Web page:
We’re now well into the second week of teaching here at Stirling, and this seems as good a time as any to talk about what staff and students have been up to over the summer months and what lies ahead for the months to come.
Assistants and Study Abroad
As ever at the start of September, we welcome back those 3rd year students who have just spent a year working as English Language Assistants via the British Council’s scheme. In 2012-13, around 20 of our students successfully applied for postings, spending the year in académies as diverse as Strasbourg, Montpellier, Lille and Poitiers, and we hope that as many students again will apply for assistantships for 2014-15. Our Study Abroad Officer for French, Jean-Michel DesJacques, will circulate information about this opportunity to current Semester 3 and Semester 7 over the weeks to come.
We’re also welcoming back the dozen or so students who are embarking on their final year of study after a semester as exchange students at one of our partner institutions in France or elsewhere in the Francophone world, including our first student to have spent her semester studying at our new partner, the Ecole de Gouvernance et d’Economie in Rabat (Morocco).
Rabat is the latest in a series of new additions to our range of French and Francophone partner institutions with Laval (Quebec), Limoges and Geneva also having been added in the past few years. These exchanges run alongside more long-standing agreements we have with Sciences Po (Paris), Strasbourg’s Ecole de Management and the University of Perpignan, to name but three.
This summer, two of our undergraduates – Finn Mackie and Alasdair MacDonald – were awarded prestigious Carnegie Undergraduate Vacation Scholarships which they put to good use carrying out individual research in the UK, France and Switzerland through the vacation period. More detailed accounts of their projects will follow…
Staff have been similarly busy over the past few months with conferences and conference papers and articles to write and revise. Aedín ní Loingsigh gave a paper on African cultural festivals at the ‘Seuils et Traverses: Borders and Crossings’ Annual International Conference at Liverpool Hope University. Her article ‘Re-Writing, Translating and Chinua Achebe’s Things Fall Apart,’ developed from a paper given last autumn in Limoges on ‘The status of rewriting in 20th–21st century art, film and literature in English: aesthetic choice or political act?’ is also due for publication towards the end of the year. David Murphy completed work on two journal articles, both of which will appear early in 2014: ‘Love, Trauma and War: the tirailleurs sénégalais and sexual-racial politics in 1920s France’ will appear in the Irish Journal of French Studies and ‘Sport, Culture and the Media at the Festival Mondial des Arts Nègres de Dakar (2010)’ was commissioned for a special issue of French Cultural Studies on the theme of sport, media and identity. Bill Marshall’s article on ‘European Comic Art and Quebec’ was published in European Comic Art and, as was mentioned in a previous post, Fiona Barclay’s edited collection France’s Colonial Legacies has just been released.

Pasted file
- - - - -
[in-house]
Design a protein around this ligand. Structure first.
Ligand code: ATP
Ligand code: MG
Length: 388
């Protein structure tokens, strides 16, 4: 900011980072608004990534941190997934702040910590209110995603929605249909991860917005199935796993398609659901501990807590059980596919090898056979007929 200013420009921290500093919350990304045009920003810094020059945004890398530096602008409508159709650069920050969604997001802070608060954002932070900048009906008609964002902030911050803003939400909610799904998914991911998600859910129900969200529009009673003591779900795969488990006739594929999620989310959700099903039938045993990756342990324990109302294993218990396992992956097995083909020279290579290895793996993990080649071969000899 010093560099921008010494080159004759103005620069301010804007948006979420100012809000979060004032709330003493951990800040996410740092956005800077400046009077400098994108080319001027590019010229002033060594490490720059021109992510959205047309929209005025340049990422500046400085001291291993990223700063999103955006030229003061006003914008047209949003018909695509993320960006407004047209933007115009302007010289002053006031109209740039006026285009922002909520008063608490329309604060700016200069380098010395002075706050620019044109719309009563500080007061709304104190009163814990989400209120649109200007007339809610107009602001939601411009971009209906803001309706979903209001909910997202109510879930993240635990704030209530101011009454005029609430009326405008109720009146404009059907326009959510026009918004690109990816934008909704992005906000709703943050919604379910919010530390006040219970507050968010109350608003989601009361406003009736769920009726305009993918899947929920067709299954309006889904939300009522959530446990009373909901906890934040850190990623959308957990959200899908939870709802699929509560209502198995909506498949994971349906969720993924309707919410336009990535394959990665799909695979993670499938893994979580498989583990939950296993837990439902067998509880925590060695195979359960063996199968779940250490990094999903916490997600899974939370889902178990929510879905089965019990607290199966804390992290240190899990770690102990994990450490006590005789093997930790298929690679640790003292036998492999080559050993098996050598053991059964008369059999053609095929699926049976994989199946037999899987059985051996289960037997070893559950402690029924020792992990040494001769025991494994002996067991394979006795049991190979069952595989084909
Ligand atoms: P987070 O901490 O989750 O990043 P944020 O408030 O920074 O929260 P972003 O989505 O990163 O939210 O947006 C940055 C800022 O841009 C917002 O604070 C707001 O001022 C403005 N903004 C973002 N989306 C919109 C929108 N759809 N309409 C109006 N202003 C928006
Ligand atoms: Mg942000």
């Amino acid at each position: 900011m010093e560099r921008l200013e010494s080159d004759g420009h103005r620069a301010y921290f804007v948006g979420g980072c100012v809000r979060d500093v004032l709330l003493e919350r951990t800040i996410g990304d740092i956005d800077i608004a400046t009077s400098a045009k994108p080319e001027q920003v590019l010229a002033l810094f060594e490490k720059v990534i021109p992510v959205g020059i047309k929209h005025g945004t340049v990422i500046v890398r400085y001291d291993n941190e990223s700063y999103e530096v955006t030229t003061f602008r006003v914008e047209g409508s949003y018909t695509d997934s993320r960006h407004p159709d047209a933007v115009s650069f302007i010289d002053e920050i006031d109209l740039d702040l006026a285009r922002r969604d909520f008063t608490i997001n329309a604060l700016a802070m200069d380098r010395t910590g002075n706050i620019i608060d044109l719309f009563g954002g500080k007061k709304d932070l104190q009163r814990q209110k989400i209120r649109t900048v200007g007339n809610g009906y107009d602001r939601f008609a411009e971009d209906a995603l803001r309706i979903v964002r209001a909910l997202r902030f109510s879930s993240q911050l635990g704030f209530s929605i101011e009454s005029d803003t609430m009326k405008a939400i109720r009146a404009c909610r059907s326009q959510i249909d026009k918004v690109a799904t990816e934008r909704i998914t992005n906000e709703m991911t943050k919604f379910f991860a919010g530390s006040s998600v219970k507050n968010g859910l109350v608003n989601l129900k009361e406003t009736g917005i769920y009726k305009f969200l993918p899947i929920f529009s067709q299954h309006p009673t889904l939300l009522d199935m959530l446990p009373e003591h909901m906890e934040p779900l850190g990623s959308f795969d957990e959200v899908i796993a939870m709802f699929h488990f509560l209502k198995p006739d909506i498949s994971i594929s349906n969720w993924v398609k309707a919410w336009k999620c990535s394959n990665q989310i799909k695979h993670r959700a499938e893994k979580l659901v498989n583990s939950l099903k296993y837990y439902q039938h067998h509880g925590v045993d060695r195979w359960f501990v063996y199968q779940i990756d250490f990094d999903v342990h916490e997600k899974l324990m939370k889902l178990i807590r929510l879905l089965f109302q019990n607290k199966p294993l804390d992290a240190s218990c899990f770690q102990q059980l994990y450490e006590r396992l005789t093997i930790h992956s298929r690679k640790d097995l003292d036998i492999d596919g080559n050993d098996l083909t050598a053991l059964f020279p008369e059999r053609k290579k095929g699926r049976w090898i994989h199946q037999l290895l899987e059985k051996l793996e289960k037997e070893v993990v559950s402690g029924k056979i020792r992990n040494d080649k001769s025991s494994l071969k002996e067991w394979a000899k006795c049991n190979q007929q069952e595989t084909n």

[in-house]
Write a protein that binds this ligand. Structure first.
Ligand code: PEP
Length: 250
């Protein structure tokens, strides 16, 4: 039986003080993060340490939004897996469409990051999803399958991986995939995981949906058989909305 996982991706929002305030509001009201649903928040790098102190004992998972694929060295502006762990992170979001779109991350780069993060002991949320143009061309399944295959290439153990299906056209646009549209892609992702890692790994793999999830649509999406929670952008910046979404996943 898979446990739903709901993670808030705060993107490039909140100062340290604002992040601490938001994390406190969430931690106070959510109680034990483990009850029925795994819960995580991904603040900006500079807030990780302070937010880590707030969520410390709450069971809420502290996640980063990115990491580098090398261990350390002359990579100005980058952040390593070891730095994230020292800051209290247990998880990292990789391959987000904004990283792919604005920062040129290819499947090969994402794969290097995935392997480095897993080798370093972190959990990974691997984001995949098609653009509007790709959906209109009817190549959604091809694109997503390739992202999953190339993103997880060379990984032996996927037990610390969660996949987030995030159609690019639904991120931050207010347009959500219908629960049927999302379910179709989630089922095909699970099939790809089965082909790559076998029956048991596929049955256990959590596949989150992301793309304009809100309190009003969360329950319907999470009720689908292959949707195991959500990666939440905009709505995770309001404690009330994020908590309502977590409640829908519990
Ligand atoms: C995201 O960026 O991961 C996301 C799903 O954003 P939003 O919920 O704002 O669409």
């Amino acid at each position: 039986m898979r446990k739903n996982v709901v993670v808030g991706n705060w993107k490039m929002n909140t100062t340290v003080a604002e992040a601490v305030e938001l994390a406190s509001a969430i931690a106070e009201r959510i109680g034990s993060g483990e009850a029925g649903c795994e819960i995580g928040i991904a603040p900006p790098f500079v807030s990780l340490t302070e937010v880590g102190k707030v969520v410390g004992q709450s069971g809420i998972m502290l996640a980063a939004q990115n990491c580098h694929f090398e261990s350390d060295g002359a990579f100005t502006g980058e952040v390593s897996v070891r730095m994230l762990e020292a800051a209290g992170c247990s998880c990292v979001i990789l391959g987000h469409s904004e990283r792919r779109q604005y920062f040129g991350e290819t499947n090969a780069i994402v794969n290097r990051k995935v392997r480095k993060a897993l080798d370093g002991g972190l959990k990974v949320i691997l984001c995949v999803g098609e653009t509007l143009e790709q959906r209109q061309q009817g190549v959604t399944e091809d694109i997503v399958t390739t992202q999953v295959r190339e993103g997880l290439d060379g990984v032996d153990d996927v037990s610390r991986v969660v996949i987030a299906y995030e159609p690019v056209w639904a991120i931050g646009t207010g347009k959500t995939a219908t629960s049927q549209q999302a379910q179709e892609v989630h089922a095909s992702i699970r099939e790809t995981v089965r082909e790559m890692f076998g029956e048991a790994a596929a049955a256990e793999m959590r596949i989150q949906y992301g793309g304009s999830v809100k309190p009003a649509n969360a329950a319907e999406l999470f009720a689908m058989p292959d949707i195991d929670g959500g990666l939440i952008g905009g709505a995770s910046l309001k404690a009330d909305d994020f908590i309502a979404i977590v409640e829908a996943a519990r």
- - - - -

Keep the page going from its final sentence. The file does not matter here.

And there has, of course, been teaching to prepare for the new semester, so, for instance, students taking FRE9A3 (War, Empire and Memory in Contemporary France) will find that the course has been revised to include study of the 100th anniversary of the birth of Albert Camus through L’Exil et le Royaume.
Honours students in the autumn have the choice between French Slave Trade (coordinated by Aedin ni Loingsigh) and Quebec Cinema (coordinated by Jason Hartford). And students in language classes can expect to be working on materials covering topics ranging from François Hollande’s response to the conflict in Syria to the decision for a stage of the 2014 Tour de France to take place in Yorkshire.